As requested by Dr. Ghimire’s office, George started his second round of chemotherapy on Thursday, the day after his lumbar puncture. This was going to be a different experience from his induction chemo and his last round of chemo, both of which were administered while he was hospitalized. This time, his chemo will be administered on an out-patient basis and will be given as two injections, rather than through an intravenous drip.
We arrived at MD Anderson in Camden and checked in. It took forever to get the doctors orders to the infusion lab for some reason. Maybe because George was originally scheduled to begin his chemo the following Monday and it changed and nobody told the lab? Who knows? Anyway, finally he was called back to a chair. It was surprising to see how many chairs there were back behind the door separating the waiting room from the infusion area. It was sad to see young and old people both sitting in their chairs, some covered with blankets and some scrolling their phones; some sleeping while the chemotherapy cursed through their veins. All these people were alone, unlike George and I thought to myself how very fortunate we are that George can provide enough for us that I don’t have to work and can accompany him to all his appointments. Of course, those people could have been dropped off for treatment and then picked up afterwards. I hope so!
Once seated, George was given an anti-nausea pill before anything got underway…just in case.
The next step was a visit from Joan, the “patient educator.” She gave us a drug information sheet about the medicine with which George would be injected and gave us a triage number to call in case he experienced fever or any other worrisome symptoms from the chemo or once his blood counts start to dive, as he’s vulnerable to infection.
We will drive to the infusion center, about a 50 minute drive, every day for seven days to receive the chemo injections. At some point, I’m sure they will draw blood to check his counts and other organ function, so I am hoping they can schedule blood draws at the same time as his chemo! George will also be taking an oral chemo, the Venclexta that was supposed to be a part of his induction chemo, but wasn’t because his insurance originally didn’t approve it. It was added to his last round of consolidation and will be added to this one as well, except with a dosage of 100mg rather than 400mg.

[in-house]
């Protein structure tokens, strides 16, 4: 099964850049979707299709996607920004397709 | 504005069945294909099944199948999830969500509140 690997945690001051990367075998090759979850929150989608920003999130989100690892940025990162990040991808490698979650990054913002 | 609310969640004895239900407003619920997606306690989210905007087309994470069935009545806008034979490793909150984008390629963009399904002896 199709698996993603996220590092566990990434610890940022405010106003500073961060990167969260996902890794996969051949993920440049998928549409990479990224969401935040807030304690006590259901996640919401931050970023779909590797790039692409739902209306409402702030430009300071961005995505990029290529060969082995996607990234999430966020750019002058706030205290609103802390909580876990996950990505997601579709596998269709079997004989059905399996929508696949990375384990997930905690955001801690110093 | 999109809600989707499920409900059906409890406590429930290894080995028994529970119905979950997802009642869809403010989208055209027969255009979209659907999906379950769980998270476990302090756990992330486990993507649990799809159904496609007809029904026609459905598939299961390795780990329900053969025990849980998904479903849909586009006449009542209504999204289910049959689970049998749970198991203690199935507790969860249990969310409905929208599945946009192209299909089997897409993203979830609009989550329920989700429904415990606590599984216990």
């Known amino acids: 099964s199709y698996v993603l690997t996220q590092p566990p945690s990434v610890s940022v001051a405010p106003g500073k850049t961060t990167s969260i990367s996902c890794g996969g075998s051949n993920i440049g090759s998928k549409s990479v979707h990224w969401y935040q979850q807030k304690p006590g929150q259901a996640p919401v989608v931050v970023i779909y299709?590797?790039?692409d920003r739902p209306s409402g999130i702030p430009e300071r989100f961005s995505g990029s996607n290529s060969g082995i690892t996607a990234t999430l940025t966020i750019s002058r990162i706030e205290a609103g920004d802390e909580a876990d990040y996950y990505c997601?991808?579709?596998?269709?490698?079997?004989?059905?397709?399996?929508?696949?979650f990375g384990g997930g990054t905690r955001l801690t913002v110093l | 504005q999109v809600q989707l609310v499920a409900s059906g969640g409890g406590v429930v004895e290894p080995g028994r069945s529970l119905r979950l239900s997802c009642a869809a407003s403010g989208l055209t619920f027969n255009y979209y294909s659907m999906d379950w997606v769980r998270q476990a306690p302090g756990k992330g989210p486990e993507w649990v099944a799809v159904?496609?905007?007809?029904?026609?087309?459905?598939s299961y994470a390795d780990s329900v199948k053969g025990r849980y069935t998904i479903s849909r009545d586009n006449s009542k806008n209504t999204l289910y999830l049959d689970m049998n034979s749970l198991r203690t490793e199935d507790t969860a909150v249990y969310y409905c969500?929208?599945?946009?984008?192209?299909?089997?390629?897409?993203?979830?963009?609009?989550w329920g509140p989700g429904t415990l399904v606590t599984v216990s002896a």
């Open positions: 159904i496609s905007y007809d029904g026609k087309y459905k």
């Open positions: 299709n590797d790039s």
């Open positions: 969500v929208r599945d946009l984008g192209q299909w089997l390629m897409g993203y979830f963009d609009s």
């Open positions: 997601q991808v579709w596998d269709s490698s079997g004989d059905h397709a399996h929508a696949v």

Once the patient was sufficiently educated, the nurse administered the two shots of Vidaza on the right side of George’s belly. The next day, he would receive the shots on the left side and it would alternate every time he went in.
George said it didn’t hurt at all, which was great! Especially since he would have to do it six more times! And with that, our visit was over and we were free to leave!
On the way home, George got a call from Dr. Ghimire. We had wanted to confirm the dosage of the Venclexta before he took any and nobody at the lab seemed to be able to do that. So they tried to get Dr Ghimire on the phone and were not successful for a good while. Finally they got him and Kim, the nurse, said that yes, the dosage is indeed 100mg. That’s what George had been told at his last office visit, but there was nothing in writing. She said Dr. Ghimire would call us in a bit…and he did on the way home! It was a great call, because he said he had been talking to Dr. Loren about the results of his bone marrow biopsy and they were happy to see there was no trace of leukemia there! So, some good news for the rest of the drive home!